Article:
Henrique Oliveira has chosen one of the big barns in the Farmyard to erect a hybrid, almost living work of art that seems literally to rise up from the stone walls.
Both a painter and sculptor who produces pieces that pack an exceptional visual and artistic punch, Henrique Oliveira uses a cheap material that is commonplace in Brazil: plywood, or wood used in hoardings. He usually weaves the subject of architecture somewhere into his work, marrying its forms, hollows and cracks, and his sculptures share common ground with collage and assemblage. More flexible than the wood of his first creations, plywood can easily be adapted to the spectacular organic shapes he designs. “My installations are more like living walls built out of flesh, damaged skin, or large paintings.” Like tree trunks or roots torn up by powerful forces or fantastic telluric waves, Oliveira's sculptures are also paintings that seem to move before our very eyes, whisking us up into a fascinating swirl of forms.
Henrique Oliveira has chosen one of the big barns in the Farmyard of the Domaine de Chaumont-sur-Loire to erect a hybrid, almost living work of art that seems literally to rise up from the stone walls. He has designed an impressive spiral coiling around the framework and stairways of the building like a huge snake or a root that has been buried for decades in the stone and suddenly begins to grow impulsively, out of any control. The work wavers between animal and plant – its creator sees it as a reference to the snake in the story of Le Petit Prince, which swallows an elephant. But as with Gaston Bachelard (who wrote “The Poetics of Space”), for Oliveira the barn is the lair of the unconscious, and dark, unknown forces. For no one knows where the work begins and where it ends, or when this giant root or reptile will cease its inexorable growth.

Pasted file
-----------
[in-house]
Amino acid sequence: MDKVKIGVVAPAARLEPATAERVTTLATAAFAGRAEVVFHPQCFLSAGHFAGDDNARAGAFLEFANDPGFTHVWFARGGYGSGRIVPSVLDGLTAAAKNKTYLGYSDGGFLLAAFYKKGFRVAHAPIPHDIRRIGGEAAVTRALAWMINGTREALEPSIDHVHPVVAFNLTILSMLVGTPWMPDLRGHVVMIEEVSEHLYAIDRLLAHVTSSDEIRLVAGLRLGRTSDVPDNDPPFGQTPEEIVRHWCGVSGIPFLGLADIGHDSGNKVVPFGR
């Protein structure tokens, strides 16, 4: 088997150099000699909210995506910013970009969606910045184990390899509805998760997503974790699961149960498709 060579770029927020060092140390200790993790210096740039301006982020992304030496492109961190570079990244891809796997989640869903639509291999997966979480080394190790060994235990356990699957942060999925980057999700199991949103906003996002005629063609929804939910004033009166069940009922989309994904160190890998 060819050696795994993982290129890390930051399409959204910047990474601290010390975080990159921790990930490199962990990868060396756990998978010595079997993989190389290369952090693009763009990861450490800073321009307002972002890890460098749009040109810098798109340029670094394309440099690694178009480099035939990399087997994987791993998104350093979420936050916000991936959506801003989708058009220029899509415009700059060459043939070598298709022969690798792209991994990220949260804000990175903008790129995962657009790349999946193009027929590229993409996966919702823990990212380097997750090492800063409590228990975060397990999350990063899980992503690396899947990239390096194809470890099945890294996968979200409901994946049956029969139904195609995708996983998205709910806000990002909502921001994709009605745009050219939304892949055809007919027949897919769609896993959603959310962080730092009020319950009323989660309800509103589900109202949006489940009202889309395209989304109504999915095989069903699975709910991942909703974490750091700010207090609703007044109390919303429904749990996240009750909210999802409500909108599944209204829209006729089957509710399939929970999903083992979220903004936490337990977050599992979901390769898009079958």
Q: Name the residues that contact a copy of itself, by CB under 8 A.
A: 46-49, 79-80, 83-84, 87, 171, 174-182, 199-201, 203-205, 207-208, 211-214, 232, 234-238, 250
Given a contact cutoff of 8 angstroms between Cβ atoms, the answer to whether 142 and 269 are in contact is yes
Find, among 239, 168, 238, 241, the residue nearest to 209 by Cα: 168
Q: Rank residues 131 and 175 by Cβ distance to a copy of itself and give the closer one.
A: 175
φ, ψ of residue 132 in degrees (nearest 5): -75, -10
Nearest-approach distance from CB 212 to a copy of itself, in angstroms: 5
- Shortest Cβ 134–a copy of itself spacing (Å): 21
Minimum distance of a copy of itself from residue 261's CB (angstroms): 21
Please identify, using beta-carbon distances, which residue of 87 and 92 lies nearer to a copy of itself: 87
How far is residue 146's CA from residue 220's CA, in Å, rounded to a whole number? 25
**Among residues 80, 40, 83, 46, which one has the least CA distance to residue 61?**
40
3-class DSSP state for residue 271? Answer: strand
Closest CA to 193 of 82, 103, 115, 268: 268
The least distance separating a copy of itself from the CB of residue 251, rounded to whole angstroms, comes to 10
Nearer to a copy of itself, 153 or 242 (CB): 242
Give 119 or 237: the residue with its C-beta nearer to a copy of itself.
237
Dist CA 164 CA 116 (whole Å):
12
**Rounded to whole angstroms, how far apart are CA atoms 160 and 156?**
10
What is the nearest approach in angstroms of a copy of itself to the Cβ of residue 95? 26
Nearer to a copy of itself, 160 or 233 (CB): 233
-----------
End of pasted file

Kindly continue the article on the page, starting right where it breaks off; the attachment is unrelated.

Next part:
Born in 1973 in Ourinhos, Brazil, Henrique Oliveira lives and works in São Paulo. Graduating from the University of São Paulo in 1997, since 2003 he has been developing installations in situ, for which he usually uses materials connected with the urban context – especially “tapumes” or fencing wood from hoardings collected in the streets of São Paulo.
As a spearhead of the young generation of Brazilian artists, Henrique Oliveira exhibits at regular intervals in Brazil, the US and Europe. In 2013, he was in residence for the SAM Art Projects, at the end of which he presented the monumental installation “Baitogogo” at the Palais de Tokyo.
His work is represented by the Galerie GP & N Vallois, Paris and Galeria Millan, São Paulo.